The countries where language skills were more likely to be reported by non-EU citizens as an obstacle in getting a relevant job were Finland (22.8 percent), Luxembourg (14.7 percent) and Sweden (13.1 percent).

As regards other countries covered by The Local, the percentage of non-EU citizens citing the language as a problem was 12.4 percent in Austria, 10.2 percent in Denmark, 7.8 percent in France, 5.1 percent in Italy, 2.7 percent in Spain, 11.1 percent on Norway and 10.1 percent in Switzerland. Data is not available for Germany.

Portugal (77.4 percent), Croatia (68.8 percent), Hungary (58.8 percent) and Spain (58.4 percent) have the highest share of people from outside the EU already speaking the language as a mother tongue before arriving, while more than 70 percent of non-EU citizens residing in Denmark, Finland, Luxembourg and Norway said they had participated in language courses after arrival.

Lisbon Portugal

Portugal has the highest share of people from outside the EU already speaking the language as a mother tongue before arriving. (Photo by Aayush Gupta on Unsplash)

Recognition of qualifications

Another hurdle on the way to a relevant job in EU countries is the lack of recognition of a formal qualification obtained abroad. This issue was reported by 2 percent of men and 3.8 percent of women born in another EU country. It was also mentioned by 3.3 percent of men and 5.9 percent of women born in a developed country outside the EU, and 4.8 percent of men and 4.6 percent of women born in a less developed non-EU country.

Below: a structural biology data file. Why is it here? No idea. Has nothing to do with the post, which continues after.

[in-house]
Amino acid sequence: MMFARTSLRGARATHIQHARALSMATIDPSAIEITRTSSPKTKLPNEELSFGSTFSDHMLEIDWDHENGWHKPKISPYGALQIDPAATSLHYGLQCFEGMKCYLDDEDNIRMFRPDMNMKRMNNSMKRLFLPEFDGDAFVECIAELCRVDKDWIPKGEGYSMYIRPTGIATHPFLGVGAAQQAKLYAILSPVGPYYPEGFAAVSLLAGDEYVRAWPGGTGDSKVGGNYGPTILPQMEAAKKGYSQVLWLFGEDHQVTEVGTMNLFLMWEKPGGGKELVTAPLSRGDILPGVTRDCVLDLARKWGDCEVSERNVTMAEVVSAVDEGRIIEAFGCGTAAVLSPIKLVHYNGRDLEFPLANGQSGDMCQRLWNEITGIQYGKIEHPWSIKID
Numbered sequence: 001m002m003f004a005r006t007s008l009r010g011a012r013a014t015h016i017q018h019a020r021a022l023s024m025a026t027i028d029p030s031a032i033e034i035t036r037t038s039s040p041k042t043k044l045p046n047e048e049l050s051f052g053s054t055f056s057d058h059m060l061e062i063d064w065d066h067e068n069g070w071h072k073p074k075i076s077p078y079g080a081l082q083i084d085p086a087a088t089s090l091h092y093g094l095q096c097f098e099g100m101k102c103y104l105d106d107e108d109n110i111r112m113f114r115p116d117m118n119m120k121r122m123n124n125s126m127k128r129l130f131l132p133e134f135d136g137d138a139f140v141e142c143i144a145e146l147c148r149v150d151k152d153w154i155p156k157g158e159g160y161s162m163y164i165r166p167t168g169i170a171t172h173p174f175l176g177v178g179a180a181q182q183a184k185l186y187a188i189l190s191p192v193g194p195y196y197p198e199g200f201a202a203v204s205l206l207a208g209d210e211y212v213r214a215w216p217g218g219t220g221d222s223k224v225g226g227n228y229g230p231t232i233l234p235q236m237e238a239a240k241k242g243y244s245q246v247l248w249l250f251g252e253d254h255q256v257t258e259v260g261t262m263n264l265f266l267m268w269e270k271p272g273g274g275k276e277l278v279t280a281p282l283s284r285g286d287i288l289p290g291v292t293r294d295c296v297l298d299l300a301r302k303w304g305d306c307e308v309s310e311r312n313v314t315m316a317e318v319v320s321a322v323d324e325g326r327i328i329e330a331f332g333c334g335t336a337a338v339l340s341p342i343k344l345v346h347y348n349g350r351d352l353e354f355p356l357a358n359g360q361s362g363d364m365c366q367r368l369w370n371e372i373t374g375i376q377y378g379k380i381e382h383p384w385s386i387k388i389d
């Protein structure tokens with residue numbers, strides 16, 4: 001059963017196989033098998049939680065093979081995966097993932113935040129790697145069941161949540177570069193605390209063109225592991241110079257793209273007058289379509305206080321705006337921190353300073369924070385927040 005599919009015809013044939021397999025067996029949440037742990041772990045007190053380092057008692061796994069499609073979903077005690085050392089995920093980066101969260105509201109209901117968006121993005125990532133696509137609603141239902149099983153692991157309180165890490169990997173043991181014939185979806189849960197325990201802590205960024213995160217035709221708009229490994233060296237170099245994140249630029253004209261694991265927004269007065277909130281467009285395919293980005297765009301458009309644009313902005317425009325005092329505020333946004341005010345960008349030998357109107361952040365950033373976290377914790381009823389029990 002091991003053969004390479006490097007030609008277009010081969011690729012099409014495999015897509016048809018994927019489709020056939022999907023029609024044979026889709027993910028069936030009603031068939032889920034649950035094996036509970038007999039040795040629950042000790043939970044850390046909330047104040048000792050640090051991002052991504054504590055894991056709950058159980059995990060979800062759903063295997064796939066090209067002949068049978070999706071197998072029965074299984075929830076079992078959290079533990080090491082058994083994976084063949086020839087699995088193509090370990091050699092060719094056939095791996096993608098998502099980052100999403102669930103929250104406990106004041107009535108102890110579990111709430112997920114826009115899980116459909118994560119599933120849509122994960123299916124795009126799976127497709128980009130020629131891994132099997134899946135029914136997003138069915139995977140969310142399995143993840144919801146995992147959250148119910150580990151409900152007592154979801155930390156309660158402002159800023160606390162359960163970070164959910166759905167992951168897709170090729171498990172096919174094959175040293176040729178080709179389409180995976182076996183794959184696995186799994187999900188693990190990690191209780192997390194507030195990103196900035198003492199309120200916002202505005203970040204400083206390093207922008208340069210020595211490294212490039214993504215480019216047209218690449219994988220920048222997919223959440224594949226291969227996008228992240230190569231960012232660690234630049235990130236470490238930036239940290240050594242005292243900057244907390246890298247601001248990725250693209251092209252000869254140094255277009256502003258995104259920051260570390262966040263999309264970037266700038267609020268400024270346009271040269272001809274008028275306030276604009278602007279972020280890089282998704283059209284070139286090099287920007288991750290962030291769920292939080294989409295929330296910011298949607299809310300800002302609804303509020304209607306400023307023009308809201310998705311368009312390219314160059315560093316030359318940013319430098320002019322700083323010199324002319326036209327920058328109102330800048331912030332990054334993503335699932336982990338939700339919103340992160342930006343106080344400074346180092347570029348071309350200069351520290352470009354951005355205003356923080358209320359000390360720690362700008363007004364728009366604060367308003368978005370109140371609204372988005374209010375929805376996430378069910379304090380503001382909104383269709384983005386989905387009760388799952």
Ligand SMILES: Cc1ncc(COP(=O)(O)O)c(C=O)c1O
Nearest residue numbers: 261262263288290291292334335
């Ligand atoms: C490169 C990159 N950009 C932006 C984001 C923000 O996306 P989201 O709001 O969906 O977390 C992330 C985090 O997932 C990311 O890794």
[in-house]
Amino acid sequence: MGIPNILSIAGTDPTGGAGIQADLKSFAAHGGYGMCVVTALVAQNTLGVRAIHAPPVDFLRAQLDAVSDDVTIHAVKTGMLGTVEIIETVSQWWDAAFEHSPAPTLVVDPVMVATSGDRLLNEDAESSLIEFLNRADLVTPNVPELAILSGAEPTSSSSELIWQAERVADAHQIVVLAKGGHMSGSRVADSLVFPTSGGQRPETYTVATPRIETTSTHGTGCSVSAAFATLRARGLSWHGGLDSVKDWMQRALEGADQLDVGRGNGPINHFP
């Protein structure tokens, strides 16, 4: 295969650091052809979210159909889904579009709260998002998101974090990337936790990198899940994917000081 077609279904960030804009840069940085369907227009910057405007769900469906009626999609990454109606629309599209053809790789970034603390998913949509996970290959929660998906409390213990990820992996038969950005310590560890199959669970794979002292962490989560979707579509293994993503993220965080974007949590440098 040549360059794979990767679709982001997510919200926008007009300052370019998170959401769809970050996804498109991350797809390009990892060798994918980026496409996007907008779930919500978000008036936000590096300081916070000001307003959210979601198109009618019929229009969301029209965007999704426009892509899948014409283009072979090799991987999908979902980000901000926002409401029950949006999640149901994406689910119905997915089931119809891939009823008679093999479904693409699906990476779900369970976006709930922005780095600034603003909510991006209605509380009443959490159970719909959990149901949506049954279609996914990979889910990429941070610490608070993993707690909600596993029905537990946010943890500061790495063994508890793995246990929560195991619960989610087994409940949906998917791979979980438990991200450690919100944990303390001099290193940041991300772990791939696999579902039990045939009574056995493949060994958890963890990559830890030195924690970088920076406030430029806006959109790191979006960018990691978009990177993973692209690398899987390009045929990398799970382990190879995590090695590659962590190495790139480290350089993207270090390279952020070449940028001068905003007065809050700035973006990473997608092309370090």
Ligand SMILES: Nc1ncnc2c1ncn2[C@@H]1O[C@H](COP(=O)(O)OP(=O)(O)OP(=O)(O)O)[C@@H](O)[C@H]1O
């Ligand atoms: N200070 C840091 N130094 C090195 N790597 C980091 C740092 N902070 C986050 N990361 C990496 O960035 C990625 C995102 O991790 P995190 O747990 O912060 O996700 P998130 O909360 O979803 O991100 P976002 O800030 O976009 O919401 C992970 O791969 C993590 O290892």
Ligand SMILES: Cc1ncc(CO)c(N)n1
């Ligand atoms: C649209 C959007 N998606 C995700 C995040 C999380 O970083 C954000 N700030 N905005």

Eurostat says this reflects an “unofficial distrust” among employers of qualification obtained abroad and the “low official validation of foreign education”.

The lack of availability of a suitable job was another factor mentioned in the survey. In Croatia, Portugal and Hungary, this was the main obstacle to getting an adequate position.

This issue concerned 3.3 percent of men and 4.5 percent of women born in another EU country, 4.2 percent of men and 5 percent of women born in a developed non-EU country It also worried 3.9 percent of men and 5.1 percent of women born in a less developed non-EU country.

Restricted right to work due to citizenship or residence permits, as well as plain discrimination on the grounds of origin were also cited as problems.

Discrimination was mostly reported by people born in a less developed non-EU country (3.1 percent for men and 3.3 percent for women) compared to people born in highly developed non-EU countries (1.9 percent for men and 2.2 percent for women).

Citizenship and residence permits issues are unusual for people from within the EU. For people from outside the EU, this is the only area where women seem to have fewer problems than men: 1.6 percent of women from developed non-EU countries reported this issue, against 2.1 percent of men, with the share increasing to 2.8 and 3.3 percent respectively for women and men from less developed non-EU states.

The article is published in cooperation with Europe Street News, a news outlet about citizens’ rights in the EU and the UK.